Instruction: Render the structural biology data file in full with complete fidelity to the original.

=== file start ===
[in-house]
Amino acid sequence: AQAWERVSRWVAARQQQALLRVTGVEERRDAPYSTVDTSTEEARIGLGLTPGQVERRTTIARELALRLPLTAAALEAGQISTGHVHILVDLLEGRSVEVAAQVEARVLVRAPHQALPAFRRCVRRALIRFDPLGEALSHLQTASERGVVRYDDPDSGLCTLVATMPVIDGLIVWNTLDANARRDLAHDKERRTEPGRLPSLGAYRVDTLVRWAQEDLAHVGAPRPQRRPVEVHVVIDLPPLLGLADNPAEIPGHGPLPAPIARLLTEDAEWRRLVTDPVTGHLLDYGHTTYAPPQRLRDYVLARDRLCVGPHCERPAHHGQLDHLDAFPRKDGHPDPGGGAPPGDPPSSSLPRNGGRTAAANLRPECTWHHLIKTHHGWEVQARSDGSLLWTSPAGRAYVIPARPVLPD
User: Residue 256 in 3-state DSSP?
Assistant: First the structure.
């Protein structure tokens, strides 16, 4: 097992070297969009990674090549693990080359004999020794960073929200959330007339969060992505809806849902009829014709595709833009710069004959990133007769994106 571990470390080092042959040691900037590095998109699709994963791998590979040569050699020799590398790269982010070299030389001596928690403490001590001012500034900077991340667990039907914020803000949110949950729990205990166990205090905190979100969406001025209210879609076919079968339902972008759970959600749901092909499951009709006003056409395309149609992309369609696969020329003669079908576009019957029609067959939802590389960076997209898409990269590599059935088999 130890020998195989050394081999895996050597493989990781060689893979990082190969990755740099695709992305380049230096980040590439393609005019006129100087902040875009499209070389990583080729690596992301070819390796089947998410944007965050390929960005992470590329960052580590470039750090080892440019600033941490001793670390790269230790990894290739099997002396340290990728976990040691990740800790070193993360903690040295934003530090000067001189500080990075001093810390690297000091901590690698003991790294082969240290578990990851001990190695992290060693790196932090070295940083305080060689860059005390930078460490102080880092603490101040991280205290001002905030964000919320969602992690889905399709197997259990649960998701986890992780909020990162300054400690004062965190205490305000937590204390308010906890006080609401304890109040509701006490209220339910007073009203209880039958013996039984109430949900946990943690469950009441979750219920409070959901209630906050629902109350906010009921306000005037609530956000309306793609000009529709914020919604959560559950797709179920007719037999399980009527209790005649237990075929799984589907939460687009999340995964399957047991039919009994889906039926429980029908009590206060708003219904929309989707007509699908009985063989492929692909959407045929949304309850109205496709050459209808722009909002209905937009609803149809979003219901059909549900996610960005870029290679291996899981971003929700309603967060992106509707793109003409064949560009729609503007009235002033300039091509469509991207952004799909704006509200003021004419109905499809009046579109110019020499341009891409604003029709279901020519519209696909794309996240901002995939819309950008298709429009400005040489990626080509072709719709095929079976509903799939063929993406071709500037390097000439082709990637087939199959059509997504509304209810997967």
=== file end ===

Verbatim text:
[in-house]
Amino acid sequence: AQAWERVSRWVAARQQQALLRVTGVEERRDAPYSTVDTSTEEARIGLGLTPGQVERRTTIARELALRLPLTAAALEAGQISTGHVHILVDLLEGRSVEVAAQVEARVLVRAPHQALPAFRRCVRRALIRFDPLGEALSHLQTASERGVVRYDDPDSGLCTLVATMPVIDGLIVWNTLDANARRDLAHDKERRTEPGRLPSLGAYRVDTLVRWAQEDLAHVGAPRPQRRPVEVHVVIDLPPLLGLADNPAEIPGHGPLPAPIARLLTEDAEWRRLVTDPVTGHLLDYGHTTYAPPQRLRDYVLARDRLCVGPHCERPAHHGQLDHLDAFPRKDGHPDPGGGAPPGDPPSSSLPRNGGRTAAANLRPECTWHHLIKTHHGWEVQARSDGSLLWTSPAGRAYVIPARPVLPD
User: Residue 256 in 3-state DSSP?
Assistant: First the structure.
């Protein structure tokens, strides 16, 4: 097992070297969009990674090549693990080359004999020794960073929200959330007339969060992505809806849902009829014709595709833009710069004959990133007769994106 571990470390080092042959040691900037590095998109699709994963791998590979040569050699020799590398790269982010070299030389001596928690403490001590001012500034900077991340667990039907914020803000949110949950729990205990166990205090905190979100969406001025209210879609076919079968339902972008759970959600749901092909499951009709006003056409395309149609992309369609696969020329003669079908576009019957029609067959939802590389960076997209898409990269590599059935088999 130890020998195989050394081999895996050597493989990781060689893979990082190969990755740099695709992305380049230096980040590439393609005019006129100087902040875009499209070389990583080729690596992301070819390796089947998410944007965050390929960005992470590329960052580590470039750090080892440019600033941490001793670390790269230790990894290739099997002396340290990728976990040691990740800790070193993360903690040295934003530090000067001189500080990075001093810390690297000091901590690698003991790294082969240290578990990851001990190695992290060693790196932090070295940083305080060689860059005390930078460490102080880092603490101040991280205290001002905030964000919320969602992690889905399709197997259990649960998701986890992780909020990162300054400690004062965190205490305000937590204390308010906890006080609401304890109040509701006490209220339910007073009203209880039958013996039984109430949900946990943690469950009441979750219920409070959901209630906050629902109350906010009921306000005037609530956000309306793609000009529709914020919604959560559950797709179920007719037999399980009527209790005649237990075929799984589907939460687009999340995964399957047991039919009994889906039926429980029908009590206060708003219904929309989707007509699908009985063989492929692909959407045929949304309850109205496709050459209808722009909002209905937009609803149809979003219901059909549900996610960005870029290679291996899981971003929700309603967060992106509707793109003409064949560009729609503007009235002033300039091509469509991207952004799909704006509200003021004419109905499809009046579109110019020499341009891409604003029709279901020519519209696909794309996240901002995939819309950008298709429009400005040489990626080509072709719709095929079976509903799939063929993406071709500037390097000439082709990637087939199959059509997504509304209810997967």